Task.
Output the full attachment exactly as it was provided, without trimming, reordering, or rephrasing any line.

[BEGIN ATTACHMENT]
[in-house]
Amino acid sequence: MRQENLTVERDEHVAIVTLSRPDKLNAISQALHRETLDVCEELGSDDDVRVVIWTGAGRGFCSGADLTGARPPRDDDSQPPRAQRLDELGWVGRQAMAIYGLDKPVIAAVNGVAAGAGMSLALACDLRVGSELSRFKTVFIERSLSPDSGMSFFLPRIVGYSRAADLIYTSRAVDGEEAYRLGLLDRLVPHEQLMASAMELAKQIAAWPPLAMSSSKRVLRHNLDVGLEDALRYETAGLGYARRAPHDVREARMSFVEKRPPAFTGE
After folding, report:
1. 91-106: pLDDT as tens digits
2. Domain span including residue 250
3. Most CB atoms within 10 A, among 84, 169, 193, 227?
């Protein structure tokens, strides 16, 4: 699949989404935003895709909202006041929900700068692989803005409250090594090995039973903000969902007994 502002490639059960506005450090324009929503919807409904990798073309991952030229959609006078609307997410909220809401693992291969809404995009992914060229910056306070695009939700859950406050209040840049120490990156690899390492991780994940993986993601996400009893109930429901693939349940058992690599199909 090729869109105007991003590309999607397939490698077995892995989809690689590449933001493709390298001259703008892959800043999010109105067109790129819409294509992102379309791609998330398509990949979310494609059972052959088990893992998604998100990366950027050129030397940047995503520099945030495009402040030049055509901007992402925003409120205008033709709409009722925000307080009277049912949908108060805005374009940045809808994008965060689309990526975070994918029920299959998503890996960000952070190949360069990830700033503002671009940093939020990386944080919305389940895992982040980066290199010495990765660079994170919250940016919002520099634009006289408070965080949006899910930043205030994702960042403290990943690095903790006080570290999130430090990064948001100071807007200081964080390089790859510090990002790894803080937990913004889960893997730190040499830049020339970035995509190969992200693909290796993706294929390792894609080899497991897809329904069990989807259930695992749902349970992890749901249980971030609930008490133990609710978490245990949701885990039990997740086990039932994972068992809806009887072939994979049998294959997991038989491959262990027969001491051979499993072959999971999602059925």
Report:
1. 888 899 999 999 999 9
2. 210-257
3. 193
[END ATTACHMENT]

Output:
[in-house]
Amino acid sequence: MRQENLTVERDEHVAIVTLSRPDKLNAISQALHRETLDVCEELGSDDDVRVVIWTGAGRGFCSGADLTGARPPRDDDSQPPRAQRLDELGWVGRQAMAIYGLDKPVIAAVNGVAAGAGMSLALACDLRVGSELSRFKTVFIERSLSPDSGMSFFLPRIVGYSRAADLIYTSRAVDGEEAYRLGLLDRLVPHEQLMASAMELAKQIAAWPPLAMSSSKRVLRHNLDVGLEDALRYETAGLGYARRAPHDVREARMSFVEKRPPAFTGE
After folding, report:
1. 91-106: pLDDT as tens digits
2. Domain span including residue 250
3. Most CB atoms within 10 A, among 84, 169, 193, 227?
């Protein structure tokens, strides 16, 4: 699949989404935003895709909202006041929900700068692989803005409250090594090995039973903000969902007994 502002490639059960506005450090324009929503919807409904990798073309991952030229959609006078609307997410909220809401693992291969809404995009992914060229910056306070695009939700859950406050209040840049120490990156690899390492991780994940993986993601996400009893109930429901693939349940058992690599199909 090729869109105007991003590309999607397939490698077995892995989809690689590449933001493709390298001259703008892959800043999010109105067109790129819409294509992102379309791609998330398509990949979310494609059972052959088990893992998604998100990366950027050129030397940047995503520099945030495009402040030049055509901007992402925003409120205008033709709409009722925000307080009277049912949908108060805005374009940045809808994008965060689309990526975070994918029920299959998503890996960000952070190949360069990830700033503002671009940093939020990386944080919305389940895992982040980066290199010495990765660079994170919250940016919002520099634009006289408070965080949006899910930043205030994702960042403290990943690095903790006080570290999130430090990064948001100071807007200081964080390089790859510090990002790894803080937990913004889960893997730190040499830049020339970035995509190969992200693909290796993706294929390792894609080899497991897809329904069990989807259930695992749902349970992890749901249980971030609930008490133990609710978490245990949701885990039990997740086990039932994972068992809806009887072939994979049998294959997991038989491959262990027969001491051979499993072959999971999602059925």
Report:
1. 888 899 999 999 999 9
2. 210-257
3. 193